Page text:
Stories of struggle, the Stolen Generations, mission communities and the death of a traditional language: how would you vocalise three generations of Indigenous history?
Dr Gurrumul Yunupingu, Saltwater Band, Lonely Boys and B2M are just a few of the names associated with Skinnyfish Music, the independent label that put Northern Territory music on the world map.
The posthumously released album of Geoffrey Gurrumul Yunupingu swept the 2018 National Indigenous Music Awards, picking up three awards in a ceremony which also recognised the breakthrough talents of rapper Baker Boy.
Some of Australia's best-known musicians have felt the impact of a song brought across the seas more than 130 years ago.
Archie Roach became the voice of the Stolen Generation with his ballad Took the Children Away, but it wasn't the only song influenced by his incredible life. Listen as he explains the origins of three songs, and sings them live.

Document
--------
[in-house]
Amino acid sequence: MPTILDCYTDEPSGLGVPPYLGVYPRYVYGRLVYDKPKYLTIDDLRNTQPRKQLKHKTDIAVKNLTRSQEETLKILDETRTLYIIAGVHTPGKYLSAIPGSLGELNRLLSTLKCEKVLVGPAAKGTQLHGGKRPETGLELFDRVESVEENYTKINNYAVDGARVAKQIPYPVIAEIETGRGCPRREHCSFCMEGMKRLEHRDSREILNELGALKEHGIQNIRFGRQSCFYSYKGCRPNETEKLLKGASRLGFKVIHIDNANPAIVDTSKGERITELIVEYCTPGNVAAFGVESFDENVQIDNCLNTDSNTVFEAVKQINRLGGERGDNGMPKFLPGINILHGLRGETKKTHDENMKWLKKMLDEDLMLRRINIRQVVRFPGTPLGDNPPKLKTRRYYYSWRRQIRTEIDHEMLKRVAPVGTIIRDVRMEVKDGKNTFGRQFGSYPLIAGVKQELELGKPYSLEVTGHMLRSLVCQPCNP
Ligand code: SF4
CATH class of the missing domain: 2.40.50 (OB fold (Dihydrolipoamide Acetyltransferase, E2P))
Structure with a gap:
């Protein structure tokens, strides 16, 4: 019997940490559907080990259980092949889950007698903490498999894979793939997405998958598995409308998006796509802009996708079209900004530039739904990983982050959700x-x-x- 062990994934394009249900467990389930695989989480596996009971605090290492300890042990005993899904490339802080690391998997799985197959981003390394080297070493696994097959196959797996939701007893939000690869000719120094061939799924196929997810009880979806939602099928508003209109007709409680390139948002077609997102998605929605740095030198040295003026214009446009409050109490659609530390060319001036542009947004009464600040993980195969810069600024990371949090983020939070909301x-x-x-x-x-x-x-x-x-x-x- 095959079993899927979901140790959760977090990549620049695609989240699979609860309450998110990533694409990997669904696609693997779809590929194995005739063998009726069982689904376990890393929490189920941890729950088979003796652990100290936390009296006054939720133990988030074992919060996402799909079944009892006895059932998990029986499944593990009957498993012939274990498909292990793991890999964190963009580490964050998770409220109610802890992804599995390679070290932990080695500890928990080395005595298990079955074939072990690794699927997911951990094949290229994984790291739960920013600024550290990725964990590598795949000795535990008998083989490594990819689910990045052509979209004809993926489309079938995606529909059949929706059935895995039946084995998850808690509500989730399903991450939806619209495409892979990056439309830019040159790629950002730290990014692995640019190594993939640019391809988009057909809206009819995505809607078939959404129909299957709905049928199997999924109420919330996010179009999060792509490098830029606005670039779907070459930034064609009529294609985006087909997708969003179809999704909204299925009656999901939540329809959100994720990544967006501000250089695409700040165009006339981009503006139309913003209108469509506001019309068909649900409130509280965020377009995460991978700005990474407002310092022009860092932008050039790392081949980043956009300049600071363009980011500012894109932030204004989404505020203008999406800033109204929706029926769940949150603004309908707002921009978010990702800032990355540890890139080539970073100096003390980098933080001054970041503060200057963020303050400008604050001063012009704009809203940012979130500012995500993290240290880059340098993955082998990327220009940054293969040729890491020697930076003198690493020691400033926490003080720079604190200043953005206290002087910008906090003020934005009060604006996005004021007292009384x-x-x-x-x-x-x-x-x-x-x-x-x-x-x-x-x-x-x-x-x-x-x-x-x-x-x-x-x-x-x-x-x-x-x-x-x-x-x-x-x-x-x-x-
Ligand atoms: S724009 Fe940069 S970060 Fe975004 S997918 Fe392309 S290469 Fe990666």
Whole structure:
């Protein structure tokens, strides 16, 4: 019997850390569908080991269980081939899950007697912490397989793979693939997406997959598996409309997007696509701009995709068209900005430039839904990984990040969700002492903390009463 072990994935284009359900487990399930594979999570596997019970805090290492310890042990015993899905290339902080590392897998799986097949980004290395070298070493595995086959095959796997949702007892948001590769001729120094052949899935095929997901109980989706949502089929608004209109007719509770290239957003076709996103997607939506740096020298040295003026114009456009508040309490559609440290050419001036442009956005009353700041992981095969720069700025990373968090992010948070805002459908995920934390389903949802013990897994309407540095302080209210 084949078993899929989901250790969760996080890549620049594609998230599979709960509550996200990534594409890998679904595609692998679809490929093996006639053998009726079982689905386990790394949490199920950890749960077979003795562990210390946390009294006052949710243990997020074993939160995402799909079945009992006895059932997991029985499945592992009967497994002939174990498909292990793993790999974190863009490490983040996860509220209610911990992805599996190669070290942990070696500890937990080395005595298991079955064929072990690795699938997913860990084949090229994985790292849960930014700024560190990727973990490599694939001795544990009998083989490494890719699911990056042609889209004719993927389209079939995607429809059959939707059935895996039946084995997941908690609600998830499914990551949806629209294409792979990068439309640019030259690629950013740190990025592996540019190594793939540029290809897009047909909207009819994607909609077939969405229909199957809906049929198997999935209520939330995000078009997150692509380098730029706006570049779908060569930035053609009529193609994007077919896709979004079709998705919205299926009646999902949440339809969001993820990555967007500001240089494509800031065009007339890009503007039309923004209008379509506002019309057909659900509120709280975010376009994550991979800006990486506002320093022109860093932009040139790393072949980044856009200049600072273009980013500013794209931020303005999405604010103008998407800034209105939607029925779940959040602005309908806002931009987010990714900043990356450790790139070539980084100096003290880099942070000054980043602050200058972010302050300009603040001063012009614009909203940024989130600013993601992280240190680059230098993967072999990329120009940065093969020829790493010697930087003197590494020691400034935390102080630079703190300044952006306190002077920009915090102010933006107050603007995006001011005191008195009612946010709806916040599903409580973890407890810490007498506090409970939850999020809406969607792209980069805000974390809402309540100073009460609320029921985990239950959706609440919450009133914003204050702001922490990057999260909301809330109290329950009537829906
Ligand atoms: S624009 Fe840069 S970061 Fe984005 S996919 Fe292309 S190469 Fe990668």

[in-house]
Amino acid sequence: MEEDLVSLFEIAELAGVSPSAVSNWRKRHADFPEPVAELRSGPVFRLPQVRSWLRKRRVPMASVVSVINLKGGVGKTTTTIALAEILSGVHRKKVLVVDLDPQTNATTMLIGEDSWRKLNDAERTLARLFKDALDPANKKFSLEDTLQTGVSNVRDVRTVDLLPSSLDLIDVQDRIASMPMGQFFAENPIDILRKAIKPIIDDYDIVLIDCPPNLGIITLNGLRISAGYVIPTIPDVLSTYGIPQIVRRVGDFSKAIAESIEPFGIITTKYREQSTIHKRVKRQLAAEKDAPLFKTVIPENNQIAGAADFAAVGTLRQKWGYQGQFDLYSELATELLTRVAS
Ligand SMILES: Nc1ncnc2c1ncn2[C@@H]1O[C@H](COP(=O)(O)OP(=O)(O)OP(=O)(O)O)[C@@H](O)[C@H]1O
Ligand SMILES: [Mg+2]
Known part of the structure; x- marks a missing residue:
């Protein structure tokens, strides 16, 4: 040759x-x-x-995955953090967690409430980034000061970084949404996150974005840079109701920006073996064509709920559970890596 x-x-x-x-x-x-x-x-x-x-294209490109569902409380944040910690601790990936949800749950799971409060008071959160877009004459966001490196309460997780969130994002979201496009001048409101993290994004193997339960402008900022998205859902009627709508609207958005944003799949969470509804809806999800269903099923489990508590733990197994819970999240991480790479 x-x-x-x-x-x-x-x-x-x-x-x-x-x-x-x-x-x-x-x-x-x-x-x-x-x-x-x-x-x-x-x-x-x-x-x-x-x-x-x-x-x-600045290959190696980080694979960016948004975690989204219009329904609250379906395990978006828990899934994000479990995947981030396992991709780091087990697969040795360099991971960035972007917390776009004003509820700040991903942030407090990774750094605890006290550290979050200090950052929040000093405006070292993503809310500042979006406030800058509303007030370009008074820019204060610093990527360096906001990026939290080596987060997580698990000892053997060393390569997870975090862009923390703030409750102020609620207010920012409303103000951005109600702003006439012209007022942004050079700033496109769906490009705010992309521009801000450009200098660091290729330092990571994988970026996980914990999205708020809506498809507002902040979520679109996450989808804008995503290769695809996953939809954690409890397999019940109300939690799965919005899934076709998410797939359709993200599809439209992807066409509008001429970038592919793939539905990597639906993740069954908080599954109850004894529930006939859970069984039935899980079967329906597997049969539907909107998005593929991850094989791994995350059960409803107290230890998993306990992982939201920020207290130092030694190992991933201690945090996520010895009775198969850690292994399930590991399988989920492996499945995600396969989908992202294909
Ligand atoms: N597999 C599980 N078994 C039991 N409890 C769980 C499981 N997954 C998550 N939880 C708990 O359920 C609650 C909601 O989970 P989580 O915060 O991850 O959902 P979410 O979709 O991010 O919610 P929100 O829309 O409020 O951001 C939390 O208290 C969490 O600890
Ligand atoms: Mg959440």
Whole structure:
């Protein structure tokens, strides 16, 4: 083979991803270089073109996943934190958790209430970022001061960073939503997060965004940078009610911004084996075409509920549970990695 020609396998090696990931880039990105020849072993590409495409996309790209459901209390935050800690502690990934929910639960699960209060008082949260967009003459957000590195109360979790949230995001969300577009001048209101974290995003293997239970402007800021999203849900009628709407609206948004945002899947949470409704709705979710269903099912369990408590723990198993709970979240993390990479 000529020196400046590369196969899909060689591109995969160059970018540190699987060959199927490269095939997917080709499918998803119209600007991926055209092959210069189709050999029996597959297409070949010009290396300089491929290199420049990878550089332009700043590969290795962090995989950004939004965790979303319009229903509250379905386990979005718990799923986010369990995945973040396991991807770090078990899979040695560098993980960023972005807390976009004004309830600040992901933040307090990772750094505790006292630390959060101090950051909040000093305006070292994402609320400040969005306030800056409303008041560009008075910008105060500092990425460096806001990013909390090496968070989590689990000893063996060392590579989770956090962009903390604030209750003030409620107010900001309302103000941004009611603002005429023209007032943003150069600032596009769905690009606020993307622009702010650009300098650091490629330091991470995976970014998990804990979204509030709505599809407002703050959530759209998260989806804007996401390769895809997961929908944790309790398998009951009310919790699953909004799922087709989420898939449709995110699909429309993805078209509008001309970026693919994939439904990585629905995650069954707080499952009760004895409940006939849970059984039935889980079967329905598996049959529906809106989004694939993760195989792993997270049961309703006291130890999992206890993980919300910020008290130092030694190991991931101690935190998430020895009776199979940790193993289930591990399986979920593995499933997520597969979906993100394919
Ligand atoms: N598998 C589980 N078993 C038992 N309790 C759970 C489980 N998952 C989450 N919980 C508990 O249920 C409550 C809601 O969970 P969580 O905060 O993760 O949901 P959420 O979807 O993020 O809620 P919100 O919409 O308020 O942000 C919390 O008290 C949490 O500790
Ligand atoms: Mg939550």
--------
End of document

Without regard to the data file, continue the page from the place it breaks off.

Schools across the country are working with their local Indigenous communities to help protect Australia's first languages through the simple act of singing.
A South American-born choir director, Indigenous women, and German hymns translated into traditional Aboriginal languages — this is the coming together of cultures in the most melodic of ways to share the "Central Australia secret".
Jessica Mauboy and her co-writers found that, when you're trying to speak to so many different people, "it's nice to remember that love overcomes hate".
Geoffrey Gurrumul Yunupingu's final album Djarimirri (Child of the Rainbow), released posthumously last week, becomes the first in an Australian Indigenous language to top the Australian music charts.
In a rare exception to Yolngu lore, clan leaders have allowed for Gurrumul Yunupingu's name and image to be used as a new documentary gives insight into the late Indigenous musician's life.